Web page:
Report: Aldermen Call For Up to 1,000 New Cops | NBC Chicago
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Report: Aldermen Call For Up to 1,000 New Cops

Some Chicago aldermen are calling for up to 1,000 additional Chicago police officers to combat the headline-grabbing violence currently rocking the city, the Chicago Sun-Times reports.

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    Chicago Mayor Rahm Emanuel speaks at a press conference concerning crime fighting in the city on September 10, 2013 in Chicago, Illinois.(Photo by Scott Olson/Getty Images)

    Some Chicago aldermen are calling for up to 1,000 additional Chicago police officers to combat the headline-grabbing violence currently rocking the city, the Chicago Sun-Times reports.

    Last week, Mayor Rahm Emanuel’s City Council floor leader, Ald. Pat O’Connor, explained that the mayor intends to hire “hundreds” of additional officers to quell the city’s spiking violence. Now, chairmen of the Black and Hispanic caucuses are calling for even more support.

    So far this year, Chicago has seen 510 homicides and 2,953 shootings, the Chicago Tribune reports. New York and Los Angeles currently have fewer combined homicides than Chicago. August was the deadliest month in the city in 20 years.

    Ald. Roderick Sawyer is calling for at least 500 additional officers, which would cost about $50 million. Sawyer proposed another property tax to pay for the plan.

    On Wednesday, Mayor Emanuel said his 2017 budget would be “built around” the need for “a net increase in police officers.” However, it hasn’t been decided how many officers will be added.

    The mayor is planning a “major address” on public safety Sept. 20 that will focus on what he has called the “four P’s”: police, prevention, penalties and parenting.

    Emanuel explained that it’s important to put more cops on the street and “change laws associated with gun penalties” in order to “help back them and the neighborhood up.” He also stressed the need to “invest in more opportunities for our kids to learn right from wrong.”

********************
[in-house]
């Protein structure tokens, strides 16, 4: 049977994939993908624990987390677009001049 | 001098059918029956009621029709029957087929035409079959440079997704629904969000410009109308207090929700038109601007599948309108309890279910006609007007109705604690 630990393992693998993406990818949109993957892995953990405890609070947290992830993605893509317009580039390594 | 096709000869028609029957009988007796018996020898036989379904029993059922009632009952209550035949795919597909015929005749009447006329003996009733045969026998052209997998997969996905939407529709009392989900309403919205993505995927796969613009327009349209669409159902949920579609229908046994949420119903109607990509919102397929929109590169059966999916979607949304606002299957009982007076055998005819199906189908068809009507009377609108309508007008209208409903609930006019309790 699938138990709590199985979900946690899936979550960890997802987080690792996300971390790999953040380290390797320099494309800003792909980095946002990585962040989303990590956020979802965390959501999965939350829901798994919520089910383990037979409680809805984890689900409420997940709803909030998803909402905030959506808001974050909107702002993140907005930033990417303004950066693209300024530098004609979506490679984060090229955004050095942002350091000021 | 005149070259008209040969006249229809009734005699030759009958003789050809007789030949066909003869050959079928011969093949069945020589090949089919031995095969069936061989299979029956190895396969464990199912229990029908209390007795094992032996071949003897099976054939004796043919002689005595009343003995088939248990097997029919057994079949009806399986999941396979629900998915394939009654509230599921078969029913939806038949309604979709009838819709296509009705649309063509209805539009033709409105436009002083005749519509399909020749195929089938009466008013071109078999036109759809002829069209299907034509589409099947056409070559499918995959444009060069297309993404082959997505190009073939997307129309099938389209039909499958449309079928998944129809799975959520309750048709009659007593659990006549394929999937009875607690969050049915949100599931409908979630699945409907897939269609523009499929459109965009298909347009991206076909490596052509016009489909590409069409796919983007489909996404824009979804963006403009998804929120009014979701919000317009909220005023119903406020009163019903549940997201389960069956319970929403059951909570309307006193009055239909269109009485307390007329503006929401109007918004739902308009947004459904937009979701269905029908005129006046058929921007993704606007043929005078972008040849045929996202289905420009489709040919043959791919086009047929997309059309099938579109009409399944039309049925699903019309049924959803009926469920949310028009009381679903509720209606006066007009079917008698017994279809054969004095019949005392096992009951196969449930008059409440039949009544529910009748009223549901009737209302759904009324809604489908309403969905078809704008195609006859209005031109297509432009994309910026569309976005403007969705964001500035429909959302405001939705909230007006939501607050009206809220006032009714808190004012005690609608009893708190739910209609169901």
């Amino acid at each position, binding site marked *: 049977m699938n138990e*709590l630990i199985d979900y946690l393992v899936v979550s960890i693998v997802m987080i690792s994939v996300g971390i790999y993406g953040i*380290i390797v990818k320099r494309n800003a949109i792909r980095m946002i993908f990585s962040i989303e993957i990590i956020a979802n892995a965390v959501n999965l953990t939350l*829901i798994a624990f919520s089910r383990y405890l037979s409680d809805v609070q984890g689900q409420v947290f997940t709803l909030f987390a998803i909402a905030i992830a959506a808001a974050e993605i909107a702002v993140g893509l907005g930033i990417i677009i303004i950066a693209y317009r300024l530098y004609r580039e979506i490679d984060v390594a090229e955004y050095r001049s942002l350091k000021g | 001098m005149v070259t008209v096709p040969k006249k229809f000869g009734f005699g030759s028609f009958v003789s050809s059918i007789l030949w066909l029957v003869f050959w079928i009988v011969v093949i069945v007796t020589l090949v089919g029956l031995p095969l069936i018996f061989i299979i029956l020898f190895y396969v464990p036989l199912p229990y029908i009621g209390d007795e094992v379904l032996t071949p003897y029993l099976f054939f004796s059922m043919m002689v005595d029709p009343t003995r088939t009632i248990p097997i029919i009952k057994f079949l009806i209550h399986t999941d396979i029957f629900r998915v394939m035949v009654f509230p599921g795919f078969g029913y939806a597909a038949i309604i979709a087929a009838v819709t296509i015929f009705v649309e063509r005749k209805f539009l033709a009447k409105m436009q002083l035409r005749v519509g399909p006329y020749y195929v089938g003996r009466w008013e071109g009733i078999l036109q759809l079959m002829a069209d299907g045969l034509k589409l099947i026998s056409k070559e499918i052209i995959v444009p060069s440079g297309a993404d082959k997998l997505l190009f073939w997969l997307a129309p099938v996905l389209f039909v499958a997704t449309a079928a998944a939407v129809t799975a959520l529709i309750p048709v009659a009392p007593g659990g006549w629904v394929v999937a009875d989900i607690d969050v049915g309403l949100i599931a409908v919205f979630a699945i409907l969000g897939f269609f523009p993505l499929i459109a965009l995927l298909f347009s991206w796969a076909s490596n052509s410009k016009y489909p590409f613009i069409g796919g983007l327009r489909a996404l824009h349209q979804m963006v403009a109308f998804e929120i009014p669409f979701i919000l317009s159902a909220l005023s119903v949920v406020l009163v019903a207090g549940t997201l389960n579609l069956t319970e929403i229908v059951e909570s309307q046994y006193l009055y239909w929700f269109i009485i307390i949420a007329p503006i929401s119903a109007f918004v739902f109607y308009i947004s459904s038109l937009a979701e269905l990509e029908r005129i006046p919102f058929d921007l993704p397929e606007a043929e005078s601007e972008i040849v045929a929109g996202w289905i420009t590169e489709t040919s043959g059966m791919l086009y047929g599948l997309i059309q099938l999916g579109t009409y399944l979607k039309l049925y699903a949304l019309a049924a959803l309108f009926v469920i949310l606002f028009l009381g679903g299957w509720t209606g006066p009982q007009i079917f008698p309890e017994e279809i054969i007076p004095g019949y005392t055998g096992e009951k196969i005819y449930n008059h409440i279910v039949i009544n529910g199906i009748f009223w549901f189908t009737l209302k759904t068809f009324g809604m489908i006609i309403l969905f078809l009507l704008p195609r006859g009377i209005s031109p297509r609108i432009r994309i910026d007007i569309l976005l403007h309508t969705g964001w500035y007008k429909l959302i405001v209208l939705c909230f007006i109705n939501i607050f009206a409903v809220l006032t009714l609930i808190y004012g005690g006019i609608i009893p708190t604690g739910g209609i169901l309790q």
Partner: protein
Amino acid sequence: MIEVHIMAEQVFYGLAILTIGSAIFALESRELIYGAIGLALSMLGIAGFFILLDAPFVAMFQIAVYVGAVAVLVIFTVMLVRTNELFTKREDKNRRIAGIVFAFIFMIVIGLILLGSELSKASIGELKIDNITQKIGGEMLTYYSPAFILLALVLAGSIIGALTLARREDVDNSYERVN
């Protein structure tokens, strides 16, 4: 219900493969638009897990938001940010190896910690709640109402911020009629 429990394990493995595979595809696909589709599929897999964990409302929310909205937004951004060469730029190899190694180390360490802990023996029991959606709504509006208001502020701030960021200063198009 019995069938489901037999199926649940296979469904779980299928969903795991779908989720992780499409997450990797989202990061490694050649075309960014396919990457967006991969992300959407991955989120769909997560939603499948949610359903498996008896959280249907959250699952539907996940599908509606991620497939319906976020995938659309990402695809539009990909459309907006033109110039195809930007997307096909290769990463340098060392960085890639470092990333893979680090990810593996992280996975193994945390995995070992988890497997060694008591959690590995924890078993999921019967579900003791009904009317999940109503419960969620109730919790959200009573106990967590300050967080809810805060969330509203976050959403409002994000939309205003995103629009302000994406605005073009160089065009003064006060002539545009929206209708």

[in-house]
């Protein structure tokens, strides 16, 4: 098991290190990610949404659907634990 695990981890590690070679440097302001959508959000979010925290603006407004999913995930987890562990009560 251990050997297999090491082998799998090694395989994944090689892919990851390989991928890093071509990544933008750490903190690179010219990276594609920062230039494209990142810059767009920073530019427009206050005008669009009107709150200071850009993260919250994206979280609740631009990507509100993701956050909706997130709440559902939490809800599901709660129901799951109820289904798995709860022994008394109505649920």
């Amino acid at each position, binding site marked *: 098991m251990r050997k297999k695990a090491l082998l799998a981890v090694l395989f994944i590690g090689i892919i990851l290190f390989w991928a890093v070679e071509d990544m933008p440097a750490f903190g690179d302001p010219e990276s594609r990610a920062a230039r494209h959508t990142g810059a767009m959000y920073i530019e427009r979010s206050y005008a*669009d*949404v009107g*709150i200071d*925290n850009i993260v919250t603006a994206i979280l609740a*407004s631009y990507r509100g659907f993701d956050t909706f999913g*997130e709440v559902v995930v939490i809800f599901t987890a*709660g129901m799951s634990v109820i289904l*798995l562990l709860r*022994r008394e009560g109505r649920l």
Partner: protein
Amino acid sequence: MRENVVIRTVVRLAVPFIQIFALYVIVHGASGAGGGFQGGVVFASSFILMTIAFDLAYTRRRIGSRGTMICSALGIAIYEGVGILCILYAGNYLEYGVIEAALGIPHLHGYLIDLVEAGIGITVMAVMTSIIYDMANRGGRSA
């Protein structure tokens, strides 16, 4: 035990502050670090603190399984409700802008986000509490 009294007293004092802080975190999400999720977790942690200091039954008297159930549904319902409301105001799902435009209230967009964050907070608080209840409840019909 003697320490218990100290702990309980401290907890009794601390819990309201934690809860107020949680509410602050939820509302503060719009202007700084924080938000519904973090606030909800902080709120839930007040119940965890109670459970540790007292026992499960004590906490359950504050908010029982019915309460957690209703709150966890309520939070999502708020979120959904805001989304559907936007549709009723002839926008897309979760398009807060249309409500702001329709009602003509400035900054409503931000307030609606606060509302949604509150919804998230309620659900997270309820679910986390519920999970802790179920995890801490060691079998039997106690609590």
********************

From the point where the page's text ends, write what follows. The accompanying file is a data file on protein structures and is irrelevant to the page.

According to the Sun-Times, the CPD spent $116.1 million on overtime in 2015, a 17.2 percent jump from 2014. Under Emanuel, police retirements have outpaced hiring by 975 officers.

    Sawyer claims officers are overworked and fatigued, claiming that the city needs “a fresh crop of officers paired with experienced officers.”

    Ald. George Cardenas, chairman of the Hispanic Caucus, agreed that 500 additional officers beyond the number needed to keep pace with retirements is the least the city can do to battle the city’s gang violence.

    Cardenas explained that the city could shut down its 146 tax-increment-financing districts to get the necessary $50 million to $100 million to pay for the plan.

    Meanwhile, Ald. John Arena, of the Progressive Caucus, is holding Emanuel to his 2011 campaign promise to add 1,000 new officers.

    After being elected, Emanuel instead added 1,000 more “cops on the beat,” over half of them by disbanding special units. The other half were mostly officers reassigned from desk jobs to street duty. The mayor balanced his first budget by closing police stations and eliminating upwards of 1,400 police vacancies.

    In the past, Emanuel has used runaway overtime to quell spiking violence. Last week, O’Connor changed course. Emanuel and his Budget Director Alex Holt had argued that overtime was a more flexible alternative to hiring new officers because it avoids the costs of pensions and benefits for new hires.

    Arena said the hiring could be paid for, in part, by reducing runaway overtime. He also said he would seek approval from the Illinois General Assembly on a new city income tax that could generate up to $400 million annually.

    Ald. Ed Burke, chairman of the Finance Committee, said he wants to look into hiring “auxiliary” cops. This is something he’s proposed, and gotten funding for, in the past. Nevertheless, nothing has come from those efforts.

    Burke is open to use retired to Chicago police officers to bolster the force, noting that “we should be able to take advantage of those trained officers."

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